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Genetics is the study of genes and heredity. Heredity is the passing of genetic information and traits (such as eye color and an increased chance of getting a certain disease) from parents to offspring.
Endocrine Society selects 18 endocrinologists as winners of 2016 Laureate Awards

Endocrine Society selects 18 endocrinologists as winners of 2016 Laureate Awards

The Endocrine Society today announced it has chosen 18 accomplished endocrinologists as winners of the organization's prestigious 2016 Laureate Awards. [More]
New interactive tool helps researchers explore genetic underpinnings of cancer

New interactive tool helps researchers explore genetic underpinnings of cancer

Brown University computer scientists have developed a new interactive tool to help researchers and clinicians explore the genetic underpinnings of cancer. [More]
Amgen announces submission of supplemental New Drug Application to FDA for Kyprolis (carfilzomib)

Amgen announces submission of supplemental New Drug Application to FDA for Kyprolis (carfilzomib)

Amgen today announced the submission of a supplemental New Drug Application (sNDA) to the U.S. Food and Drug Administration for Kyprolis (carfilzomib) for Injection to seek an expanded indication for the treatment of patients with a form of blood cancer, relapsed multiple myeloma, who have received at least one prior therapy. [More]
NeoGenomics' revenue increases 18% to $24.3 million in second quarter 2015

NeoGenomics' revenue increases 18% to $24.3 million in second quarter 2015

NeoGenomics, Inc., a leading provider of cancer-focused genetic testing services, today reported its results for the second quarter of 2015. [More]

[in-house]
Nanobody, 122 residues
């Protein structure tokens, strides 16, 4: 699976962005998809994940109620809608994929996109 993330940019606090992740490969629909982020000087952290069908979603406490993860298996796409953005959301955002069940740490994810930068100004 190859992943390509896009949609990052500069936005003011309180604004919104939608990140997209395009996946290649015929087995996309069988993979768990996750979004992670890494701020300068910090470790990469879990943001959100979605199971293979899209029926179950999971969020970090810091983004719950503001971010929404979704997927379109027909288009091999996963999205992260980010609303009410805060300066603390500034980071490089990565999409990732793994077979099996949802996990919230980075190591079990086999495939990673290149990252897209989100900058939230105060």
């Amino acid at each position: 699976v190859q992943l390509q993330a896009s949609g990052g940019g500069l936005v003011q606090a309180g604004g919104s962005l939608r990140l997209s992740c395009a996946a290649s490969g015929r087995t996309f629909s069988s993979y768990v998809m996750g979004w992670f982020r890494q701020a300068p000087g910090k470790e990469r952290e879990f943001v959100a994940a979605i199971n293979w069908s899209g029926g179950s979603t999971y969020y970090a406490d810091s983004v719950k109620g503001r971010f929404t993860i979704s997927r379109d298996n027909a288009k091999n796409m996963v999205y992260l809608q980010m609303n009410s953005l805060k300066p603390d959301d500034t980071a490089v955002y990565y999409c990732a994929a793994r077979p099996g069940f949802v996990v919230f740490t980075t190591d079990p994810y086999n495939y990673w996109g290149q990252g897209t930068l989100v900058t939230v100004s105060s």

Deep Genomics set to bring the power of deep learning technologies to genomics

Deep Genomics set to bring the power of deep learning technologies to genomics

Evolution has altered the human genome over hundreds of thousands of years -- and now humans can do it in a matter of months. [More]
Researchers discover experimental drug that treats hot flashes, other menopausal symptoms without side effects

Researchers discover experimental drug that treats hot flashes, other menopausal symptoms without side effects

Researchers have discovered an experimental medication that treats hot flashes and other menopausal symptoms without the life-threatening risks of hormone replacement therapy, according to a team led by a UNT Health Science Center scientist. [More]
Infants born with mutation in PLVAP gene develop severe protein losing enteropathy

Infants born with mutation in PLVAP gene develop severe protein losing enteropathy

Newborn children born with a mutation in the Plasmalemma Vesicle Associated Protein (PLVAP) gene develop severe protein losing enteropathy, according to a case study1 published in Cellular and Molecular Gastroenterology and Hepatology, the basic science journal of the American Gastroenterological Association. [More]
Genetic variation influences survival in patients with multiple myeloma